Genealogy is the study of family history, and usually involves the preparation of a pedigree (family "tree") and an accompanying narrative. Traditionally, genealogy and heraldry have been the preserve of the educated, the leisured and the high-born, but since the 1960s there has been a phenomenal expansion of the hobby. The Centennial Year celebrations in 1967 and Alex Haley's popular book Roots (1976), which was made into a TV drama, sparked the explosion of interest; however, Canadian genealogical pioneers such as Cyprien Tanguay (1819-1902), Edward Marion Chadwick (1840-1921), Placide Gaudet (1850-1930), Pierre-Georges Roy (1870-1953) and William D. Reid (1905-69) were busy compiling studies of our forebears long before the pursuit became popular. Today, increasing numbers of Canadians have the spare time and the means to embark on this personal journey into the past.

A genealogical study begins with the researcher recording everything one knows about one's immediate family. This information can be supplemented by oral tradition from elderly relatives. Family papers such as letters, deeds and diaries can help verify these recollections, as can old photographs. When such sources are exhausted, the researcher must turn to the public holdings of archives, libraries, government agencies and other institutions. These repositories contain a surprising wealth of data in church registers, newspapers, cemetery transcriptions, censuses, assessment rolls, wills, historical journals and monographs, passenger lists, petitions, maps and atlases, vital statistics, naturalization papers, Indian land claims, etc.

Genealogical Handbooks and Other Resources

Guidance for the novice is available in numerous genealogical handbooks, journals and newsletters. An excellent beginner's manual is Tracing Your Ancestors in Canada (12th ed, 1996, rev by Lorraine St-Louis-Harrison and Mary Munk), available from the National Archives of Canada. Each province has at least one genealogical society. These organizations offer publications, lectures, workshops and conferences on finding one's "roots." More specialized associations can also sometimes furnish useful information.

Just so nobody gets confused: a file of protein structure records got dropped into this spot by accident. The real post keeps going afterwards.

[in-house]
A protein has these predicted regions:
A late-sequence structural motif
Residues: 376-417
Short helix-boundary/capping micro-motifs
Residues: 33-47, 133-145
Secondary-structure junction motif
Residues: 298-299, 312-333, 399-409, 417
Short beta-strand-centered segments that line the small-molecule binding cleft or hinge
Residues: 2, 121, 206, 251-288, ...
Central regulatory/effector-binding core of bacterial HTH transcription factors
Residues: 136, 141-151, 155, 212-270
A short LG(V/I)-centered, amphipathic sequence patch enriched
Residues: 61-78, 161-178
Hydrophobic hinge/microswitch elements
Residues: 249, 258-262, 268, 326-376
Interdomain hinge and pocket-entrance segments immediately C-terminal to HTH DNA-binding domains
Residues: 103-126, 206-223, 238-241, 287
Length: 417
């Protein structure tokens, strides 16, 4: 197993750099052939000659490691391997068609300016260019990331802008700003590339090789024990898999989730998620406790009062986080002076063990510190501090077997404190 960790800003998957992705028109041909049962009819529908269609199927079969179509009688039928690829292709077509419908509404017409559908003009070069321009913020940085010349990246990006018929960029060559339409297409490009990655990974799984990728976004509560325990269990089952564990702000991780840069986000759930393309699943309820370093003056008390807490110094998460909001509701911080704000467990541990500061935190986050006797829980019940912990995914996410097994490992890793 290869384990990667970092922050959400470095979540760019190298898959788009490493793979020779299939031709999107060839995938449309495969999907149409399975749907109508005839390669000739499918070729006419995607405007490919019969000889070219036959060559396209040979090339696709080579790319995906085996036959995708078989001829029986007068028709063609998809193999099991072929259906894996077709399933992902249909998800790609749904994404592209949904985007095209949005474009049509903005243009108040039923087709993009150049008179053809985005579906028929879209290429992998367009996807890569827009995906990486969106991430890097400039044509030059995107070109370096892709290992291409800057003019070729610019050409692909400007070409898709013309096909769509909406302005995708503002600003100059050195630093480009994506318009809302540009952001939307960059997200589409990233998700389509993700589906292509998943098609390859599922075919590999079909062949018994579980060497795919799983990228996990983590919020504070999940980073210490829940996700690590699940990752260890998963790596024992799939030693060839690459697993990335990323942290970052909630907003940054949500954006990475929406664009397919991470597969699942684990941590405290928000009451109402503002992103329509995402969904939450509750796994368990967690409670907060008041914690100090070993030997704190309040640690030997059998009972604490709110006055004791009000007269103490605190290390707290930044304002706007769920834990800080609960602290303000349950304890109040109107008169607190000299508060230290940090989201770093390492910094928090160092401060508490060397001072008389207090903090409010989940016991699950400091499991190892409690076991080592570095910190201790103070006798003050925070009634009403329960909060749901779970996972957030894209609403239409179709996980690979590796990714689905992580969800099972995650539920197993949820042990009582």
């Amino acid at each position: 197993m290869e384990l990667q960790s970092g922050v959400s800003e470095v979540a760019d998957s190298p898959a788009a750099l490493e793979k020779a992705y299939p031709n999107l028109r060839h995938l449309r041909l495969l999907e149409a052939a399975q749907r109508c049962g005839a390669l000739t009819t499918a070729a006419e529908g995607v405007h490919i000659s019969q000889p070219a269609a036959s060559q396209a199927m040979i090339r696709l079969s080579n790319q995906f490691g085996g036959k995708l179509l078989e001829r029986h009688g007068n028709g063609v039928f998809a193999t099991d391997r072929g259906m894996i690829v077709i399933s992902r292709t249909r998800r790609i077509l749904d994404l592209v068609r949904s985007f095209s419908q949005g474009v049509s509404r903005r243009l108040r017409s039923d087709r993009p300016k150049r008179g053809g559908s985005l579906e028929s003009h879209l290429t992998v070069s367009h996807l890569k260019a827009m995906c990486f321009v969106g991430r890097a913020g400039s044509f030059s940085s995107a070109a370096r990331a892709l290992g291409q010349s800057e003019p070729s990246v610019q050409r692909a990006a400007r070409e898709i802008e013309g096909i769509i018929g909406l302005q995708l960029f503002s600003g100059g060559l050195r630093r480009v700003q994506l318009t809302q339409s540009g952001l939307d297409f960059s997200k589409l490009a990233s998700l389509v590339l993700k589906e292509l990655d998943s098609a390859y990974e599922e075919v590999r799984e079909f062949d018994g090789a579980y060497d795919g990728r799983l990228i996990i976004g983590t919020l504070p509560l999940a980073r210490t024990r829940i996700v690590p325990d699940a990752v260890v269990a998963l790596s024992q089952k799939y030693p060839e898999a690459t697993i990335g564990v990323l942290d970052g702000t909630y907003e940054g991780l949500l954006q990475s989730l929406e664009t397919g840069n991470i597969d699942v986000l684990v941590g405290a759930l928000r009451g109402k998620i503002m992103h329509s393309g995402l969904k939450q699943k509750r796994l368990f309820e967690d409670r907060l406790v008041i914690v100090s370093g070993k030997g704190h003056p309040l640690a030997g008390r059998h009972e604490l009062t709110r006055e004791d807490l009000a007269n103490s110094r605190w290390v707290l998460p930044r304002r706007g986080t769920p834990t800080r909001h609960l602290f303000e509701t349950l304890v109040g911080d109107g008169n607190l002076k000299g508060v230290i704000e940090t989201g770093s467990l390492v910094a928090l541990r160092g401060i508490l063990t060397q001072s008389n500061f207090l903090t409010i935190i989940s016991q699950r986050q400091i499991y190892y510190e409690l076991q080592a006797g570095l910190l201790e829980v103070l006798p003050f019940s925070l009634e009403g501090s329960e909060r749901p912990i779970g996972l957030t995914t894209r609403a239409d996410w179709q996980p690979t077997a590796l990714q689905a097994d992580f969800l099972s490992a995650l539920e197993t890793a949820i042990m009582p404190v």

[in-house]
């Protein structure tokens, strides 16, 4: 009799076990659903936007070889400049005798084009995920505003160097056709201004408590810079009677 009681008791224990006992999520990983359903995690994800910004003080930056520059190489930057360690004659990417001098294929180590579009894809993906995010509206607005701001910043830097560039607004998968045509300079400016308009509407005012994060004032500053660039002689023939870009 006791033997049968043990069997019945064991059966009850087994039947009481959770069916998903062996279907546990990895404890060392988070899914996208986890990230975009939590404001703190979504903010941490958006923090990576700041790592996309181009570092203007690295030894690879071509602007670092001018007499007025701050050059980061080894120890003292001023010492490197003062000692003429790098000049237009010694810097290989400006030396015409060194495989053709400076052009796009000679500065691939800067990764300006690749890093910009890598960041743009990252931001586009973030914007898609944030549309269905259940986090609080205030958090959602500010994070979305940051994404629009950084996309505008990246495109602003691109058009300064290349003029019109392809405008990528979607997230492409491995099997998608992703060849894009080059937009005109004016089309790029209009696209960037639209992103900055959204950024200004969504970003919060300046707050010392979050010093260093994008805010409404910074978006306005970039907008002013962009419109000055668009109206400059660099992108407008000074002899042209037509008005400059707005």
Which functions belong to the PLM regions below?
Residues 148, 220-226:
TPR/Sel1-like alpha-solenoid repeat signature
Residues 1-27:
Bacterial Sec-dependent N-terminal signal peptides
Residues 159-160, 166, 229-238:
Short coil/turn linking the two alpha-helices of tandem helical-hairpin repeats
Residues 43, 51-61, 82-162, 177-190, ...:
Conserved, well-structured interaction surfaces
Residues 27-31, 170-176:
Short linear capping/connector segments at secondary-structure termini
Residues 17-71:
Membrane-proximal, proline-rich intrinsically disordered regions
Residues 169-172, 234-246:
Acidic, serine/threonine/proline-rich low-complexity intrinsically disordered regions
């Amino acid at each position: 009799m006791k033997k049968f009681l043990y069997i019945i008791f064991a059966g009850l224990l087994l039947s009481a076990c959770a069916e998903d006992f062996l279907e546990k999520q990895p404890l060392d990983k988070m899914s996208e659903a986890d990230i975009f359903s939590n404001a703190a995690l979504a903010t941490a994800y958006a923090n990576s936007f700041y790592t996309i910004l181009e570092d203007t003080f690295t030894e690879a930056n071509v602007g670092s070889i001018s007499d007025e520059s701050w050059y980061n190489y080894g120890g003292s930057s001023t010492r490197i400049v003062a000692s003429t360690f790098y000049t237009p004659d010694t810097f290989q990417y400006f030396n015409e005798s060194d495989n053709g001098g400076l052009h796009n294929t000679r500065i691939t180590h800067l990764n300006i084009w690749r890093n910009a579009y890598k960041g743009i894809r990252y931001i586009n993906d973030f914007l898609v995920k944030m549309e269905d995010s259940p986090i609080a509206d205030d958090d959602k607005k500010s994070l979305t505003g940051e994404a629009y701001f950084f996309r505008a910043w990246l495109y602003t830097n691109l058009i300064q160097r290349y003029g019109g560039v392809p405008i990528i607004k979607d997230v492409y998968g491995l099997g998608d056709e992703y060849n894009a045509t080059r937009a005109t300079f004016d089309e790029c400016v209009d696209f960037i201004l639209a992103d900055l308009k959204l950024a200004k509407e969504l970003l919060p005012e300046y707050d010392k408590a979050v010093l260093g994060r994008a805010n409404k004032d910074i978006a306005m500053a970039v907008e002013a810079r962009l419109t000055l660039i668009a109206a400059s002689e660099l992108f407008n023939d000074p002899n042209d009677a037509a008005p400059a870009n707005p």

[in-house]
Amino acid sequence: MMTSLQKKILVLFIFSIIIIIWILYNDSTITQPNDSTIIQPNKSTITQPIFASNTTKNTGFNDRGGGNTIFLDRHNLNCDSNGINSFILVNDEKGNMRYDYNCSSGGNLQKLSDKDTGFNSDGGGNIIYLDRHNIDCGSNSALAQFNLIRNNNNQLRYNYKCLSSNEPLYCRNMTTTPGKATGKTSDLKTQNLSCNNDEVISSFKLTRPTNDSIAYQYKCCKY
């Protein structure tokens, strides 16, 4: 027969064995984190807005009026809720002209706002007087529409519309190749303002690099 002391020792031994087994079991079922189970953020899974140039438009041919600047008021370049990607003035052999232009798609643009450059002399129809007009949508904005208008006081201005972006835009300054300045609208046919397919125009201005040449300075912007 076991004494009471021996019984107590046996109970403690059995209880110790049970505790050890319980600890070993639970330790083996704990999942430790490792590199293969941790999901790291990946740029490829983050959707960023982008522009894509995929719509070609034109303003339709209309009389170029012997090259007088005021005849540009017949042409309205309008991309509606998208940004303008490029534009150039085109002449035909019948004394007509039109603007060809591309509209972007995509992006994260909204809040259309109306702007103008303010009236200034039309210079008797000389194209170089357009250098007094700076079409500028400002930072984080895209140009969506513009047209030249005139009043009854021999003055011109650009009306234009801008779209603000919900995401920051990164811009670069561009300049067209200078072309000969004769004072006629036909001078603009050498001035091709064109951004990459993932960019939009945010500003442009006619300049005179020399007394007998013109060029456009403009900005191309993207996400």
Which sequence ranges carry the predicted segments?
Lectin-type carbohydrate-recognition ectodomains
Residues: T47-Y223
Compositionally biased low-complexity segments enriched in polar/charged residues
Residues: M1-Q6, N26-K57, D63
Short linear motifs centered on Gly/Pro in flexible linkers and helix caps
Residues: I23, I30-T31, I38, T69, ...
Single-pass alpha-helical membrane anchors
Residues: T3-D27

The reluctant researcher has the option of commissioning a professional genealogist. At some point the amateur genealogist may need to hire an expert in Canada or abroad, to overcome a particular difficulty (eg, a search of records in an unfamiliar language), but most family historians find it more satisfying to discover their lineage firsthand. Research need not involve costly commissions and extensive travel. Local public libraries can often borrow required books and microfilms from other libraries and archives. Additional resources can be found in university libraries and family history centres of the Mormon Church; at the latter one can examine microform and electronic records from the world's largest genealogical collection in Salt Lake City, Utah. A wide range of useful sources is now also available on the Internet (eg, Canadian Geneology Sources

Preserving the Findings

After the gathering of information, it is important to preserve the findings for posterity. Ideally a genealogy should include not only pedigree charts but also a documented, written history of the family. Some genealogists add illustrations and others even publish their work. However modest the content or the format may be, it is worthwhile to distribute copies to relatives, libraries and archives so that fellow researchers may benefit from the results and reciprocate. Some family historians now post their latest findings on personal home pages of the World Wide Web so that other researchers from around the globe can access the information instantly.

Genealogy is an absorbing, lifelong pastime. Every search, every family has its own story. Although detective skills and patience are often tested, the curious and imaginative genealogist is seldom disappointed. Along the way each family historian acquires a personal link with the past and a greater sense of self-identity.